Gold rose 0.5 percent to a three-month high on Thursday, targeting a break above $1,300 after disappointing U.S. retail sales data weighed on the dollar and increased bullion’s appeal as a currency hedge.
The dollar index tumbled 0.4 percent after U.S. retail sales fell unexpectedly in January and the number of Americans filing new claims for unemployment benefits rose last week, in the latest signs of slowing economic growth. The yellow metal came within less than $1 of breaking above the $1,300 an ounce mark, a level last seen in early November.
Turnover, however, was light. Bullion has been boosted by a combination of better investment demand in gold exchange-traded funds and safe-haven demand because of recent pullback in equities and tumbling assets in emerging markets. “In the near-term, a convincing close above the psychological $1,300 an ounce level may lend additional support for bullion, while a failure to break this threshold may be seen as inviting for investor profit-taking,” said James Steel, chief precious metals analyst at HSBC.
Earlier in the session, spot gold rose to $1,299.50 an ounce, its highest since Nov. 8 earlier. It was last up 0.5 percent at $1,296.69 an ounce by 11:25 a.m. EST (1625 GMT). U.S. COMEX gold futures for February delivery climbed $2.30 to $1,297.20 an ounce. Trading volume was on track to finish below its 30-day average, preliminary Reuters data showed.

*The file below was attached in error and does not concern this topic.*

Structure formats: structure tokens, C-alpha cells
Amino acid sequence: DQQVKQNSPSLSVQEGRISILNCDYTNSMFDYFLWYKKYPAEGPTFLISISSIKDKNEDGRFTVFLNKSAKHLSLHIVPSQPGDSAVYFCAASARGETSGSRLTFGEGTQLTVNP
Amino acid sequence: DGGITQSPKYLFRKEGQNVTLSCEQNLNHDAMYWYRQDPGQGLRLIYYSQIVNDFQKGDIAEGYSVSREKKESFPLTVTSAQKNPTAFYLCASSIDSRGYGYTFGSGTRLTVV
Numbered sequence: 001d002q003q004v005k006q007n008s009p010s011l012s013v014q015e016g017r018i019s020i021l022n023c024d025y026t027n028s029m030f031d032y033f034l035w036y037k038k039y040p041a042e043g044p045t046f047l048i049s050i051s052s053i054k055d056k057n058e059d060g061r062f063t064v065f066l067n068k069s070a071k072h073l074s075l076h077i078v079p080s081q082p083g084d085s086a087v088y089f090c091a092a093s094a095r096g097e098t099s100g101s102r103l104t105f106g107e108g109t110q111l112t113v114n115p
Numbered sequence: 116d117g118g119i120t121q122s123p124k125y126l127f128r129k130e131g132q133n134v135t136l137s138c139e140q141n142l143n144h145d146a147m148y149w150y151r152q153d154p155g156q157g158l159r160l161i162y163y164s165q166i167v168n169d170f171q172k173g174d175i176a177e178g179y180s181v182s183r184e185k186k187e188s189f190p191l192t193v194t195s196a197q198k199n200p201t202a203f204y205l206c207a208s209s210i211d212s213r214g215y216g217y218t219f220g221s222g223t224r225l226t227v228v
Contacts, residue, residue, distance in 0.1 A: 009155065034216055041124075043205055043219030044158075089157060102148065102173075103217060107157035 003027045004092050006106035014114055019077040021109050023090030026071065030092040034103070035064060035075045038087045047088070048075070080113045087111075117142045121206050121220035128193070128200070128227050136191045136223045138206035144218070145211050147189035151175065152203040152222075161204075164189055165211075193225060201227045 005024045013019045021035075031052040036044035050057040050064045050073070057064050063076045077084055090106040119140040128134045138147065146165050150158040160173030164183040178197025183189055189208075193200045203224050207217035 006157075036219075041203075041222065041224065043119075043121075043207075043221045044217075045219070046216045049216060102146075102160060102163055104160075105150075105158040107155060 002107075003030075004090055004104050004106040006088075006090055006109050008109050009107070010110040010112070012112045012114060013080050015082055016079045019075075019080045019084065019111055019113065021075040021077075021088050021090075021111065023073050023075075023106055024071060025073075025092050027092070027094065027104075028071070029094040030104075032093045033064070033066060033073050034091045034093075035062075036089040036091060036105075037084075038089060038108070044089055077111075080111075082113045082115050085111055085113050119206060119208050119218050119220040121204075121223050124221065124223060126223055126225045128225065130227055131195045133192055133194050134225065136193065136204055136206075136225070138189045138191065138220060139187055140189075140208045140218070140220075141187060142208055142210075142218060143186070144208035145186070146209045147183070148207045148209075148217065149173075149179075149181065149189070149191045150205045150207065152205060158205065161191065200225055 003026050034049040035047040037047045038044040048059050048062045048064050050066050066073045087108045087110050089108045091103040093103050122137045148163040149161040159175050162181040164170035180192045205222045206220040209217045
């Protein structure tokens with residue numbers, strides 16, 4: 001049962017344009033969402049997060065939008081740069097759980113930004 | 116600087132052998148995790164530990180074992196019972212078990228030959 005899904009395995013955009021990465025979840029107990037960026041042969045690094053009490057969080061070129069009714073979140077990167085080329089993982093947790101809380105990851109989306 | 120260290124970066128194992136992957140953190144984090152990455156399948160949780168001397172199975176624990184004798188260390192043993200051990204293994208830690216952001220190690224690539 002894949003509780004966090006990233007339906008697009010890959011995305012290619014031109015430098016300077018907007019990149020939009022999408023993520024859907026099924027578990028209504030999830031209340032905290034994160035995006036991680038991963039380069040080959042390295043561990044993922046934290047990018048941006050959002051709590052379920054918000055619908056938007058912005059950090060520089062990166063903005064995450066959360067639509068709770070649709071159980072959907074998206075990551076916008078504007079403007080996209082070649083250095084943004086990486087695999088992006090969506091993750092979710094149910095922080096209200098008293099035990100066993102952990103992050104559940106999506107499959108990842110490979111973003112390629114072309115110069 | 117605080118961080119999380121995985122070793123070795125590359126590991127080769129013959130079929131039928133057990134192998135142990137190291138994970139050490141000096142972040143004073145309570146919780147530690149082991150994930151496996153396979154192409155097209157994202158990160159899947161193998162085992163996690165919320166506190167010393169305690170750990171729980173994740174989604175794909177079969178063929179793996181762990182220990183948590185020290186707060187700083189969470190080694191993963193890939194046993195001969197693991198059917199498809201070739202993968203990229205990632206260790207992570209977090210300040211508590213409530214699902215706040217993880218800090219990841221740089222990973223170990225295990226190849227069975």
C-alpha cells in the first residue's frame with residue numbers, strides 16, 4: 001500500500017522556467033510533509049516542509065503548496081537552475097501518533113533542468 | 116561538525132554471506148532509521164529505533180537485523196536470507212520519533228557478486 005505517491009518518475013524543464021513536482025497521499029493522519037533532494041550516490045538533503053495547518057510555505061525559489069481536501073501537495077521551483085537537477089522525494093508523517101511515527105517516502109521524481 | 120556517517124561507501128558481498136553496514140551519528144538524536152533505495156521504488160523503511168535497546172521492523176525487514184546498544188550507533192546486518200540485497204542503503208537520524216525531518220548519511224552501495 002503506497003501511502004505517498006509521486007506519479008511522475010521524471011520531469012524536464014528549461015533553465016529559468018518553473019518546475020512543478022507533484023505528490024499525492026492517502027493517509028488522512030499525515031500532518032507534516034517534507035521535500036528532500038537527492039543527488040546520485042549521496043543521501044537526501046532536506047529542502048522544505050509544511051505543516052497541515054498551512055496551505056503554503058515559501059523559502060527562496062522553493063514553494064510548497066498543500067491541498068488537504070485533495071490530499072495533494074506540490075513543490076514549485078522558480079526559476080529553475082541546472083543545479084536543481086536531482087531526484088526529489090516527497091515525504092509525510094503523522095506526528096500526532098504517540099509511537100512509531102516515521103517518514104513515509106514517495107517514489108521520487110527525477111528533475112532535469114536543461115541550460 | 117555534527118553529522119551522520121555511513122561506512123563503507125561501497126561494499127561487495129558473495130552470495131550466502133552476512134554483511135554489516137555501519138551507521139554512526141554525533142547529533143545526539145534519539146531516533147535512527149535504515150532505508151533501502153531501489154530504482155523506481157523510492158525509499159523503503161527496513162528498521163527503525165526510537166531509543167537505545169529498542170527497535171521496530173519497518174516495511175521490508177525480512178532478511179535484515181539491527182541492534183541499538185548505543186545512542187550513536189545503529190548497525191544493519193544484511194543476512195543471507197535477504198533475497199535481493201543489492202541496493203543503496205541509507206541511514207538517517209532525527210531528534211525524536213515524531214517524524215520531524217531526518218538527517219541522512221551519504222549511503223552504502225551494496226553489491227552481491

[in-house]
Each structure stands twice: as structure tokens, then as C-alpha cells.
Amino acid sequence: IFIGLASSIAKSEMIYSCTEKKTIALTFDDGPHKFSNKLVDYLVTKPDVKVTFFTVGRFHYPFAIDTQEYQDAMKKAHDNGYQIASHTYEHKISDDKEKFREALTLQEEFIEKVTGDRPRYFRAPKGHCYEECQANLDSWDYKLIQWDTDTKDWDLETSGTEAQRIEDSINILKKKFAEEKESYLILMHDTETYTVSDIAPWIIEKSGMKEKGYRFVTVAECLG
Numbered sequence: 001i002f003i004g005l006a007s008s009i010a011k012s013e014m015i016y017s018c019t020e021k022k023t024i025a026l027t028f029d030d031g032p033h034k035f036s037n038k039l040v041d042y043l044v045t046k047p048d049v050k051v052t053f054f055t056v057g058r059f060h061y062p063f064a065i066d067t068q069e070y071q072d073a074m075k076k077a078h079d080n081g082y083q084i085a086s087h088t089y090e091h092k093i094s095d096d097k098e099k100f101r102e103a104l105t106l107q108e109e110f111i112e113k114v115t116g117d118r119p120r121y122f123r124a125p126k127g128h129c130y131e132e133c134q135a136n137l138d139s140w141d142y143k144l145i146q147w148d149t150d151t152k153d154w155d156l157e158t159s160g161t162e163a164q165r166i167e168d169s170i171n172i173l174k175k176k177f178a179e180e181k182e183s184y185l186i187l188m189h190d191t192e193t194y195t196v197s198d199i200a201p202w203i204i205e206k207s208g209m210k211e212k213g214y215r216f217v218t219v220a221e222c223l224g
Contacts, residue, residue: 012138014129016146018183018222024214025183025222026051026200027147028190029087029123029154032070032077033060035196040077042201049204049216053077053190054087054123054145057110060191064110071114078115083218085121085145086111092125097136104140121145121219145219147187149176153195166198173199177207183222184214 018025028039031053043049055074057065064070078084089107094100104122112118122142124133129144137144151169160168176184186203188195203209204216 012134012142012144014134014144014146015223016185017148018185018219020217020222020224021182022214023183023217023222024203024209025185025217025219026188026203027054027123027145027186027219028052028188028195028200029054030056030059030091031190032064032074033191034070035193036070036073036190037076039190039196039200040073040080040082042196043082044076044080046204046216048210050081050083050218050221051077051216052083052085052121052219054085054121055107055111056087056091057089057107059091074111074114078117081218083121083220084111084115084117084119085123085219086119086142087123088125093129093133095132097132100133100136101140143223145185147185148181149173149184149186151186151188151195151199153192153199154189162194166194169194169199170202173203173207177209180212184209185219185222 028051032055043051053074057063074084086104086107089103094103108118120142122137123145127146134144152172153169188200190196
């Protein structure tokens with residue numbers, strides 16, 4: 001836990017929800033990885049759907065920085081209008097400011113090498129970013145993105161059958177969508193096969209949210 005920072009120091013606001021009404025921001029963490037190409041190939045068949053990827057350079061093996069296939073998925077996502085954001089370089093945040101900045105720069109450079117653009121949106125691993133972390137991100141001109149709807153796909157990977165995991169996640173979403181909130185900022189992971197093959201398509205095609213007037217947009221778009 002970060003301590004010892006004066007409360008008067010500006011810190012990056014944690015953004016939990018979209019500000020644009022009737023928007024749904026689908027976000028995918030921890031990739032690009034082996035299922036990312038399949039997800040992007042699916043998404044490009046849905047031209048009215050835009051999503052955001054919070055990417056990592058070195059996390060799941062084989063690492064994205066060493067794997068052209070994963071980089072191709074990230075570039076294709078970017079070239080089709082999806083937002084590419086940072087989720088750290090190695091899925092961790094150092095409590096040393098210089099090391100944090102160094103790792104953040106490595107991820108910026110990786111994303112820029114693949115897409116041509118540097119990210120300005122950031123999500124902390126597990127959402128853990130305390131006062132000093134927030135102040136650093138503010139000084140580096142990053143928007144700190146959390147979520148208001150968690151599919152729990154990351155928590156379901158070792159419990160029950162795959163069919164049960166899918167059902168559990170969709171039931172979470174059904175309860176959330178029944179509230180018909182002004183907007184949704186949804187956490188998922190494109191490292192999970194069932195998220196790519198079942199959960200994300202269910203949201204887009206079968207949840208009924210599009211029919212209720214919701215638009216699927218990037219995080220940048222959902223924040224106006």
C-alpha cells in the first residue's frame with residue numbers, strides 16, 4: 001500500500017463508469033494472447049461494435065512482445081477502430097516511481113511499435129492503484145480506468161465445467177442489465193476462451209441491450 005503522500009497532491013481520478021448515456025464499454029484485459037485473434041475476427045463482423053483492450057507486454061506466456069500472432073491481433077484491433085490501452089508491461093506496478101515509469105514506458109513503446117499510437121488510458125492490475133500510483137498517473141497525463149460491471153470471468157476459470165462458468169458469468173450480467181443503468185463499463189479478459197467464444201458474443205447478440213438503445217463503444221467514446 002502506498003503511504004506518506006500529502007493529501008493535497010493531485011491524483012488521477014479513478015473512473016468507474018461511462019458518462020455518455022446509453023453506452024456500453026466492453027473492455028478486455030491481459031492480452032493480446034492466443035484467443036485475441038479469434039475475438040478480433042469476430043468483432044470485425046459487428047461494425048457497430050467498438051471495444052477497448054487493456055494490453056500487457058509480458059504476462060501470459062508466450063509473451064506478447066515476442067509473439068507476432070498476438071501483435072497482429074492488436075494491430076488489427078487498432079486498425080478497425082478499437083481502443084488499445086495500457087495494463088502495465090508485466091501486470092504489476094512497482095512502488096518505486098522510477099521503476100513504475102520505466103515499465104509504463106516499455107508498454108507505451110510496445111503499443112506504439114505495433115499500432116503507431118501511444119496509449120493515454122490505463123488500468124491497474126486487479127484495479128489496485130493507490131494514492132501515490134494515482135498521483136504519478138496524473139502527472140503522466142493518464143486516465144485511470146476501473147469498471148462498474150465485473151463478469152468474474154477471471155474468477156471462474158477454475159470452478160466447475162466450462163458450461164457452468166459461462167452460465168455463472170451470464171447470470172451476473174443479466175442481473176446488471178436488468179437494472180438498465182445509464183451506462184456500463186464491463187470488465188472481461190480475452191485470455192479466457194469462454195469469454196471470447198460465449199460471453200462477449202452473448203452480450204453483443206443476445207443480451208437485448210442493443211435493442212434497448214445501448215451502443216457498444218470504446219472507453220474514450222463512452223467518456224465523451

On technical charts, gold could face strong resistance at the $1,300 level and at the 200-day moving average of $1,304, traders said. Quantitative Commodity Research owner Peter Fertig said the $1,300 psychological barrier could be breached as long as some uncertainty remains in the equity markets and the dollar remains under pressure. Recent U.S. data, including two straight months of weak jobs growth, have raised questions over whether the world’s biggest economy can sustain growth and made some investors hope the Fed would take a slower approach to tapering its bond purchases.
Investors have been cautiously moving back into the precious metal as seen in flows into SPDR Gold Trust, the world’s largest gold-backed exchange-traded fund. Holdings in the ETF rose 1.80 tonnes to 798.85 tonnes on Tuesday. The fund, which lost around 500 tonnes in 2013, has not recorded any outflows in three weeks.